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This short interview touches briefly on Erwin Hahn's education at Juniata College, Purdue University, and the University of Illinois; initial interest in nuclear magnetic resonance; his postdoctoral years with Felix Bloch's group at Stanford University; and his three years as a research scientist with IBM. Hahn also comments briefly on his consultantship with Hughes' maser group; his work on self-induced transparency; and his collaboration with Richard Brewer at IBM. Also prominently mentioned are: Sam Bass, Jesse Wakefield Beams, Felix Bloch, Nicolaas Bloembergen, Richard Brewer, John Clarke, Gene Commins, Harry Daghalian, Robert Henry Dicke, Gordon Gould, Donald W. Kerst, Theodore Maiman, Sam McCall, Mitsunaga, Arthur Leonard Schawlow, Norman Shiren, Charles Slichter, Dick Slusher, Russell Harrison Varian; Bell Telephone Laboratories, Columbia University, IBM Watson Laboratories, Los Alamos National Laboratory, National Science Foundation (U.S.), United States Navy, and University of Virginia.
Born in Oregon 1912, entered Purdue University, 1932, studying solid state physics, teaching assistant work with Lothar Nordheim on crystal structure, 1937; Ph.D. thesis, 1937 (published 1940); physics department under Karl Lark-Horovitz grows in the 1930s, visiting lecturers (refugees from Germany and Europe: Lothar Nordheim, Hans Bethe, Edward Teller, Eugene Wigner). First cyclotron (homemade), 1935. War work: basic research in germanium, rectification of crystals (Bethe), close connections with Massachusetts Institute of Technology, Columbia University, University of Pennsylvania; Lark-Horovitz chose solid state physics as less sensitive field with respect to clearance; showed silicon-germanium intrinsic semiconductors, 1942; General Electric’s germanium interest; success interpreting resistivity and thermoelectric behavior in germanium, 1944. American Physical Society meeting intense interest in Purdue presentations, January 1946; the transistor, 1948 (William Shockley, Ralph Bray); how to grow germanium crystals, 1949; Esther Conwell’s thesis (Victor Weisskopf). Also prominently mentioned are: John Backus, Seymour Benzer, Hubert Maxwell James, A. A. Knowlton, K. W. Meissner, E. P. Miller, Ronald Smith, Herbert J. Yearian; and Purdue University Department of Physics.
Founding of the school of physics, Università di Roma, role of Orso Mario Corbino and others in recruiting young physicists; the decision to work on nuclear physics; financial support for and public knowledge of work at the university; contacts with other laboratories in Europe and the U.S.; available technology in Rome, ca. 1930; journal literature; visitors to Rome; circumstances of move to Università di Palermo, 1936; work and facilities in Palermo; early failures of physicists to recognize fission; early uses of cyclotron; mathematics and nuclear physics in 1930s; models of the nucleus and experimental work; circumstances of move to University of California at Berkeley, 1938; experiment and theory in nuclear physics at Berkeley; work on radiochemistry; alteration of half-lives of beta-radioactive substances; detection equipment; effect of work at Los Alamos Scientific Laboratory on nuclear physics; significance of nucleon-nucleon scattering experiments; entry into nuclear physics of students trained in technology during World War II; beginnings of high-energy physics; experimental physics and particle accelerators; fashions in physics; discovery of the antiproton; work considered personally satisfying. Also prominently mentioned are: Edoardo Amaldi, Felix Bloch, Niels Henrik David Bohr, Paul Adrien Maurice Dirac, Michael Faraday, Otto Robert Frisch, Guglielmo, Georg von Hevesy, Ernest Orlando Lawrence, Tullio Levi-Cività, Lo Surdo, Ettore Majorana, Lise Meitner, Ida Noddack, J. Robert Oppenheimer, Carlo Perrier, Franco D. Rasetti, Ernest Rutherford, Glenn Seaborg, Elfriede Segrè, V. Volterra, Chien-Shiung Wu, Hideki Yukawa; Columbia University, and Purdue University.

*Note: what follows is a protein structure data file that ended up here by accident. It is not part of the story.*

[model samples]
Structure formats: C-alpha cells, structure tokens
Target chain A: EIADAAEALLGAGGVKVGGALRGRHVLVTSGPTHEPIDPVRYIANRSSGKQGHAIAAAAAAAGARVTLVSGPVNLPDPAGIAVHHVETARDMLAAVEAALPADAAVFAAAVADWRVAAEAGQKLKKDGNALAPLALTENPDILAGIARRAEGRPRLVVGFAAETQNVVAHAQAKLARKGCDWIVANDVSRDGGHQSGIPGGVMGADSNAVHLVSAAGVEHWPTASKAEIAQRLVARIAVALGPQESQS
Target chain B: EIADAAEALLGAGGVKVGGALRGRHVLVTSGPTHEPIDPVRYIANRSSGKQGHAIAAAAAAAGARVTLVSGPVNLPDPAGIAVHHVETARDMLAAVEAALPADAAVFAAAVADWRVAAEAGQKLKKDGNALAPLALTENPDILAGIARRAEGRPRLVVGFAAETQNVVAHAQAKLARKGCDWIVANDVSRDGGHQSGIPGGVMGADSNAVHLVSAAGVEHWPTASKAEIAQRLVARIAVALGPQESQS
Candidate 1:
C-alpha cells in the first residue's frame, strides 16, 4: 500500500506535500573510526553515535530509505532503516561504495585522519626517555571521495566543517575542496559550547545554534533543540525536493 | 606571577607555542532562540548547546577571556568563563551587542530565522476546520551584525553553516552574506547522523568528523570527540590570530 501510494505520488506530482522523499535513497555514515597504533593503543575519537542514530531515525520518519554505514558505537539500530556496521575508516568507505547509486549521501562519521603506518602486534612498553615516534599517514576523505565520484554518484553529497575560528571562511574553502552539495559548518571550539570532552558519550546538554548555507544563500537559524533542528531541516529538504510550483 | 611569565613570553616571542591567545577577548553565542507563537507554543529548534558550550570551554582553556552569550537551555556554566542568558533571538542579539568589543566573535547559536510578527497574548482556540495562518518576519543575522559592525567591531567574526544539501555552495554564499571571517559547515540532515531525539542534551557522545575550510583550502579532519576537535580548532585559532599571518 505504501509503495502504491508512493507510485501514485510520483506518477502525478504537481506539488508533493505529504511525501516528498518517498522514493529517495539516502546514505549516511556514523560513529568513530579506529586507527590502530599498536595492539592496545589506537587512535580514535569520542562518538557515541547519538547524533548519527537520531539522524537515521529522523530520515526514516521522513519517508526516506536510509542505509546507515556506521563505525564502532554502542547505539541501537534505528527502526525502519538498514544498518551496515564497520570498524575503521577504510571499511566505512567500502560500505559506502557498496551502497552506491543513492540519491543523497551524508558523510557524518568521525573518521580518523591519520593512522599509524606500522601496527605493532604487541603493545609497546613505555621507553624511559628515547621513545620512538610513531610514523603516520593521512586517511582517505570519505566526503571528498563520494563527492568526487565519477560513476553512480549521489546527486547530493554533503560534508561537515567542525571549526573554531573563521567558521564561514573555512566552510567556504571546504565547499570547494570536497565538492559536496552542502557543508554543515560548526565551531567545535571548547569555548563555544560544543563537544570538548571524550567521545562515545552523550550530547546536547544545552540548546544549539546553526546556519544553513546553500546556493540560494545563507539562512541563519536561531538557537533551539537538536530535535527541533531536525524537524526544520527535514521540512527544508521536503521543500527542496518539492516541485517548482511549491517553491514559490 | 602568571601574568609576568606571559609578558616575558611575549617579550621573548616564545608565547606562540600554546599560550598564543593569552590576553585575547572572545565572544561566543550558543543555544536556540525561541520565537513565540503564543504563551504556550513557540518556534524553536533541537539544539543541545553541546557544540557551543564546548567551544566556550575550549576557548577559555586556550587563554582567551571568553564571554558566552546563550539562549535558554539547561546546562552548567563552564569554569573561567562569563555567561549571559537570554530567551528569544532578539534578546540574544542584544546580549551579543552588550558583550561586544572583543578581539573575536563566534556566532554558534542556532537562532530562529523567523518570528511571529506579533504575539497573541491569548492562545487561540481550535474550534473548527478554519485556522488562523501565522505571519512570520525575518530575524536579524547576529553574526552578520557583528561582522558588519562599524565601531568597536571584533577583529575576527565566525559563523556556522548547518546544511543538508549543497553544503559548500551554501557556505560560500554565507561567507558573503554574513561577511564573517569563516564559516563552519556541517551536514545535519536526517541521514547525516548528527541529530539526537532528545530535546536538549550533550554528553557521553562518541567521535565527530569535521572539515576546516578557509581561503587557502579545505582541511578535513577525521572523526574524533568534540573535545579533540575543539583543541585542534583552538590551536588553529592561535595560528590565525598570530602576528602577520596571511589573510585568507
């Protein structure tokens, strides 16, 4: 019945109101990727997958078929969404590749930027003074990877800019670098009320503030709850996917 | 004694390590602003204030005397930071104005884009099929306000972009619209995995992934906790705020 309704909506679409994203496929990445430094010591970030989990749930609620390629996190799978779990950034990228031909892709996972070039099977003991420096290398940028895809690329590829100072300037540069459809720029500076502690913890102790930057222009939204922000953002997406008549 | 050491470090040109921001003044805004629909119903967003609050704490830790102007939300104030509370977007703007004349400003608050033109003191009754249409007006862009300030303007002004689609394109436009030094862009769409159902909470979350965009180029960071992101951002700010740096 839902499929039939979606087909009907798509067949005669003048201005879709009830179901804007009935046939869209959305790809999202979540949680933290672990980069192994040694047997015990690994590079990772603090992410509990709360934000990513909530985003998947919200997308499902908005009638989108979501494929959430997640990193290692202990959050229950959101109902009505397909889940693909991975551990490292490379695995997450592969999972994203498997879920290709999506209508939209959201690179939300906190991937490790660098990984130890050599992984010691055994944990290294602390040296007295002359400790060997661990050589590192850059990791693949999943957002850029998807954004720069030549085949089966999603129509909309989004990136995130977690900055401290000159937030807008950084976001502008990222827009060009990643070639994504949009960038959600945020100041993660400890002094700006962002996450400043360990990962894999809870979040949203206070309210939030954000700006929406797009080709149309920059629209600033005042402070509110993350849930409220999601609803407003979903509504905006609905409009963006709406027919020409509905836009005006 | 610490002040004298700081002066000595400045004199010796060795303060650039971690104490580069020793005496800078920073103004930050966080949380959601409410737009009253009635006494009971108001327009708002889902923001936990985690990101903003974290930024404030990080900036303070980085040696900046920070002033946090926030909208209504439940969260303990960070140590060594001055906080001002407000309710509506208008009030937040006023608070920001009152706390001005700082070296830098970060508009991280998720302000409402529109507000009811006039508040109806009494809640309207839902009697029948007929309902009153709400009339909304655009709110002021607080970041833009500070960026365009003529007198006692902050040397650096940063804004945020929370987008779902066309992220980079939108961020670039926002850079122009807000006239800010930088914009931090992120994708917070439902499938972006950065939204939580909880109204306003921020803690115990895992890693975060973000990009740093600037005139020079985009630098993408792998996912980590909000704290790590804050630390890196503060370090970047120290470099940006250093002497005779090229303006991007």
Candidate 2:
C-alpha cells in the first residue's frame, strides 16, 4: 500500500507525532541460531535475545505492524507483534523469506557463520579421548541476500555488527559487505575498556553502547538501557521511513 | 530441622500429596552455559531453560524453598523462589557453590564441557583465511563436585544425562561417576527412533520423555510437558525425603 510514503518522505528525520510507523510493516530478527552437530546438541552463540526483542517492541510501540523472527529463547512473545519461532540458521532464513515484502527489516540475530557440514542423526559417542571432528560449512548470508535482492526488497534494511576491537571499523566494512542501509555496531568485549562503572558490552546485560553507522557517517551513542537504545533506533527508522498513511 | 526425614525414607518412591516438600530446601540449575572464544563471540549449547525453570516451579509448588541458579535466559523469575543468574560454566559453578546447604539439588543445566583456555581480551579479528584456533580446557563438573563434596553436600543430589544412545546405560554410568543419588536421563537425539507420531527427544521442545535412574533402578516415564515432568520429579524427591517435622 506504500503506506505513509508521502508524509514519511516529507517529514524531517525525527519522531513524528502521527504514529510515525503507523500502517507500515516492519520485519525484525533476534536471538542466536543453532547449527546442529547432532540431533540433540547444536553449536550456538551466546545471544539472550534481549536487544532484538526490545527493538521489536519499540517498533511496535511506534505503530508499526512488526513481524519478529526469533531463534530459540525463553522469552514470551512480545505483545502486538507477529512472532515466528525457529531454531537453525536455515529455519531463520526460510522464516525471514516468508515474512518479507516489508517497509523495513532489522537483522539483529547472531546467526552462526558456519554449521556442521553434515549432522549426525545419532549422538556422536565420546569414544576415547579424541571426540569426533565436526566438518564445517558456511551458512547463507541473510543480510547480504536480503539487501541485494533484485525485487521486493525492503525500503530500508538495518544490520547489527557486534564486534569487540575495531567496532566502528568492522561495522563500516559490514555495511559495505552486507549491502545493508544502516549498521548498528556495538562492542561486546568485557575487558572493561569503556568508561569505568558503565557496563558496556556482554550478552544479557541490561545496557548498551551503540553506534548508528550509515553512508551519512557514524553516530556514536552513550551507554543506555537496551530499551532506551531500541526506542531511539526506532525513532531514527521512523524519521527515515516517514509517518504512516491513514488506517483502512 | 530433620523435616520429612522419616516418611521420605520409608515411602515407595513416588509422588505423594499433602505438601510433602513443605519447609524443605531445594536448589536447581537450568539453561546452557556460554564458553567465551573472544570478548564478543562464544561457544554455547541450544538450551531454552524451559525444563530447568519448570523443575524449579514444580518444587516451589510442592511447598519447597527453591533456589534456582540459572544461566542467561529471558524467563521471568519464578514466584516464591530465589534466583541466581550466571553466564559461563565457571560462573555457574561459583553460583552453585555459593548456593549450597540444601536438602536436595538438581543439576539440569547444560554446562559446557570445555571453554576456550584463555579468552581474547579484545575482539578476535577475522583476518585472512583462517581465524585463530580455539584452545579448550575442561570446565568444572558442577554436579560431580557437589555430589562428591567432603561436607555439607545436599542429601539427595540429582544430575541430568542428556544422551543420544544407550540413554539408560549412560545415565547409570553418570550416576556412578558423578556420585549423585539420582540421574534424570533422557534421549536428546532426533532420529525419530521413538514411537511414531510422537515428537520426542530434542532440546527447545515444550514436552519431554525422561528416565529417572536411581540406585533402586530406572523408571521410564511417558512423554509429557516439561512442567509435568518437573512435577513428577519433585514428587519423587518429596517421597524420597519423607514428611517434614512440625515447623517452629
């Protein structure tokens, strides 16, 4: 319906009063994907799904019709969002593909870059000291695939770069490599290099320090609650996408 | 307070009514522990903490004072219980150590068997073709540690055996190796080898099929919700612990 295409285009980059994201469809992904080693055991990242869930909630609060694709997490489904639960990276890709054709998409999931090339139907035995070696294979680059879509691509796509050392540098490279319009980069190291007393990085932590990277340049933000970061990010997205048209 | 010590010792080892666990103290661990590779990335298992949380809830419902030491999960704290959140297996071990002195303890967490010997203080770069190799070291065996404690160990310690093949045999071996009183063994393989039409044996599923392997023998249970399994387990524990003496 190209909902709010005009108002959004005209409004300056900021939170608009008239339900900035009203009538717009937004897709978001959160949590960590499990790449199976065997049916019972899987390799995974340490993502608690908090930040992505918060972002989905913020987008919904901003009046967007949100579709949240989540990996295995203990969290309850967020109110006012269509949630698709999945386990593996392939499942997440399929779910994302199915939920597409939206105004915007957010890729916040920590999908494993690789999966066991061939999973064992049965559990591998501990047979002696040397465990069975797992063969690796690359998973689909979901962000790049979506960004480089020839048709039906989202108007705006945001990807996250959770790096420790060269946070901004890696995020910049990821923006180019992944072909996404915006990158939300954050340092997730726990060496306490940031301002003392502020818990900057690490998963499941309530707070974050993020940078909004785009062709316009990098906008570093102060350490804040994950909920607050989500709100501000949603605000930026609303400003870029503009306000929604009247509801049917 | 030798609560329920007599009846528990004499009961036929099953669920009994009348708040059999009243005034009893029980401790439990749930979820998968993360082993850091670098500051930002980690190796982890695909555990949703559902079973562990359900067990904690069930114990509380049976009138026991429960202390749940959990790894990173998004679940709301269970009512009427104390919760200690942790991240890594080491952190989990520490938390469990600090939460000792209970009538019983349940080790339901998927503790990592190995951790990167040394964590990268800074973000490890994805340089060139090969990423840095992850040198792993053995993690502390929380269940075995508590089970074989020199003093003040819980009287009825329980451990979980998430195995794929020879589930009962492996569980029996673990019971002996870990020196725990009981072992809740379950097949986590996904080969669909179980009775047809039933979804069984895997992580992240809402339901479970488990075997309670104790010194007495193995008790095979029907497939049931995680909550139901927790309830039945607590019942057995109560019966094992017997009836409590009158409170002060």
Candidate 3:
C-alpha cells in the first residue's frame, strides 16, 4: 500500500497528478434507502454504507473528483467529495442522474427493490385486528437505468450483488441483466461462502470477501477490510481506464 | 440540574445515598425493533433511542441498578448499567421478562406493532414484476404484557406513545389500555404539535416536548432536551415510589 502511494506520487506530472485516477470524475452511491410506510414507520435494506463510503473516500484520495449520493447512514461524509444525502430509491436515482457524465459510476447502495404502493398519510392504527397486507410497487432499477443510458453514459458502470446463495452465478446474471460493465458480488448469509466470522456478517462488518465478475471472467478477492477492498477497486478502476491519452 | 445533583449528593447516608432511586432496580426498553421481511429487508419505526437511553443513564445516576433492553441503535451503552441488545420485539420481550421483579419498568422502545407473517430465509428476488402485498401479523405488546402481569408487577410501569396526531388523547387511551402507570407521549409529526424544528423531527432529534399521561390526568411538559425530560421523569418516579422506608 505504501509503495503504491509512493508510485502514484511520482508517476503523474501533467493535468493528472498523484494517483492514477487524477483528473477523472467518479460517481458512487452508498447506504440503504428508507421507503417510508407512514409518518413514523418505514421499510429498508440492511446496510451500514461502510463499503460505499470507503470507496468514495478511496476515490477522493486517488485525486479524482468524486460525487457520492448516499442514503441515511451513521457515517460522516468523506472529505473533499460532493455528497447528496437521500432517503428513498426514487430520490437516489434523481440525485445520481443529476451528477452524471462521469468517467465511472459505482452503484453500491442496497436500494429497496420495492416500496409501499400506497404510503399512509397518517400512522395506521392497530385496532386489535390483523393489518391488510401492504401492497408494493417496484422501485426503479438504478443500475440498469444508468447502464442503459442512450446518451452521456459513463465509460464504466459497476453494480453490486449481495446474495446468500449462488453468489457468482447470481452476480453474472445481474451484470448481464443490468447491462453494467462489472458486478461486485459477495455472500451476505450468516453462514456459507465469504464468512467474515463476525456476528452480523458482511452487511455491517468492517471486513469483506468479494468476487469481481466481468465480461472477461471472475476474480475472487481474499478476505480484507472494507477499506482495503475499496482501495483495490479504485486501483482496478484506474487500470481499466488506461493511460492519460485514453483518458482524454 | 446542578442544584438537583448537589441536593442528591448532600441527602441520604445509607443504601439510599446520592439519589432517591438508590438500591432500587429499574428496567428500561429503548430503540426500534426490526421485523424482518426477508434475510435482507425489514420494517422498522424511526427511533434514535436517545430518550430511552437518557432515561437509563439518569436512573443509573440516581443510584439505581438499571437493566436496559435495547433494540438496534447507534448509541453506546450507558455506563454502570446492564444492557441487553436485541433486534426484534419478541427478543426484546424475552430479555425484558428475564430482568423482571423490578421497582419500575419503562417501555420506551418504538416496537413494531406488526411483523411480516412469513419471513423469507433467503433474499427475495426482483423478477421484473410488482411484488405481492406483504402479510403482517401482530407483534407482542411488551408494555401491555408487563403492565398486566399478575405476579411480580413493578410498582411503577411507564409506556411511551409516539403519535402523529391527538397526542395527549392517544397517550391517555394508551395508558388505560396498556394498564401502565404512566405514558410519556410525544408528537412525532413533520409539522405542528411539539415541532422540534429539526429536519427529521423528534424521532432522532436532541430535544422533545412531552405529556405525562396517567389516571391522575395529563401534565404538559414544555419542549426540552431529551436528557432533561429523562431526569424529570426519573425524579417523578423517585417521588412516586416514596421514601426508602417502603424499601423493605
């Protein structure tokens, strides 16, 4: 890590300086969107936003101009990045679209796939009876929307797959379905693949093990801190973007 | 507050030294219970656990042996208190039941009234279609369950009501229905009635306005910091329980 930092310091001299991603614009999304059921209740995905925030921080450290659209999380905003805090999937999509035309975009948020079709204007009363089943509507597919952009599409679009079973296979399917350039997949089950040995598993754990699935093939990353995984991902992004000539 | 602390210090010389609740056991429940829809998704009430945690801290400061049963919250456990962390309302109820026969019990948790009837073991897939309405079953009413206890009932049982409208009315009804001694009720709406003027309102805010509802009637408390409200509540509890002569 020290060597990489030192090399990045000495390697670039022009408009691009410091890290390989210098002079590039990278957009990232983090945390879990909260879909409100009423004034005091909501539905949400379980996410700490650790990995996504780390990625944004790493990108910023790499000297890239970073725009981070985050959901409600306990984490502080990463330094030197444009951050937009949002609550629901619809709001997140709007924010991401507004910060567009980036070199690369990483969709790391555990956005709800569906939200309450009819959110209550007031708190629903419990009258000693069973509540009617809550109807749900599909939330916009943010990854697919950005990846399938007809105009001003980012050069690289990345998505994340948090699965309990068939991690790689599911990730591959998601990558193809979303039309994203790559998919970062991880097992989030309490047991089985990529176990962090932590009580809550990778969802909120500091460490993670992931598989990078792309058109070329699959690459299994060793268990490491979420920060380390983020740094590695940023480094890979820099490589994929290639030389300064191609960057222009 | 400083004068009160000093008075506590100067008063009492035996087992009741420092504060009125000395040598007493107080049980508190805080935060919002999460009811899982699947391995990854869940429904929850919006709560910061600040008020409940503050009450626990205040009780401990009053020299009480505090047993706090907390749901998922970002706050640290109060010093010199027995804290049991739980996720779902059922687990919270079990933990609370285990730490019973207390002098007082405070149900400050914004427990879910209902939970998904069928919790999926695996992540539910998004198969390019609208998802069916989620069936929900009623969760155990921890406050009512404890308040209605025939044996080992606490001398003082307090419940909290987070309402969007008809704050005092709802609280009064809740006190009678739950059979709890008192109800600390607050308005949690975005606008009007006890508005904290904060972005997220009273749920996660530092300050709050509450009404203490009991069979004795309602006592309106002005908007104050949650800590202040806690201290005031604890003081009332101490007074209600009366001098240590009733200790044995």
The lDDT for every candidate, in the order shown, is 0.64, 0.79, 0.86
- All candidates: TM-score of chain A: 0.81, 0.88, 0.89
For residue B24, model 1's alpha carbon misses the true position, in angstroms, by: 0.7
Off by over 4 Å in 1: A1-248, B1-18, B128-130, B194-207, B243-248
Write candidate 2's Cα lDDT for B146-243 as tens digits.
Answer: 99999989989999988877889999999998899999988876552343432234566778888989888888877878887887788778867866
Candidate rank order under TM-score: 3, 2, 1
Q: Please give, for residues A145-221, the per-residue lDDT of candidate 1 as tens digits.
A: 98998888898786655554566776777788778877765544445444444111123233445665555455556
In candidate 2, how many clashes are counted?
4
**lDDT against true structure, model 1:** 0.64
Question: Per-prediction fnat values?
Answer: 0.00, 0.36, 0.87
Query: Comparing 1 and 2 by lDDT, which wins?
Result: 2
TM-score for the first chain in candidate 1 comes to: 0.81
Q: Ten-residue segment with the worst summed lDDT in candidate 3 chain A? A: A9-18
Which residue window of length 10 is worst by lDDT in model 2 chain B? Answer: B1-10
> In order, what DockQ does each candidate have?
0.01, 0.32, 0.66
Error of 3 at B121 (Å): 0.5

In this interview, David Zierler, Oral Historian for AIP, interviews Ephraim Fischbach, professor of physics at Purdue University. Fischbach recounts his childhood in Brooklyn and the role of Judaism in his upbringing. He discusses his undergraduate work at Columbia, and he describes a number of humorous adventures in the lab that convinced him to switch to physics from chemistry. Fischbach describes his graduate work under the direction of Henry Primakoff in theoretical particle physics at the University of Pennsylvania, and his first job after Penn at SUNY-Stony Brook. He discusses his work on the strength of gravitational interactions, weak interactions, algebraic computing, and he describes his time at the Niels Bohr Institute in Copenhagen. Fischbach describes the circumstances leading to his hire at Purdue and he discusses his collaboration with Sam Aronson and the fundamental work on the “Fifth Force,” and the popular interest this work engendered. Fischbach explains the underlying mysteries of the “Fifth Force” and its ongoing influence in both cosmology and particle physics. He describes his ongoing interests in complex calculations, radioactive decay, and neutrinos, among many projects, and in the last part of the interview, Fischbach explains his goal to protect electrical grids from solar storms, which he sees as one of the greatest threats facing modern society.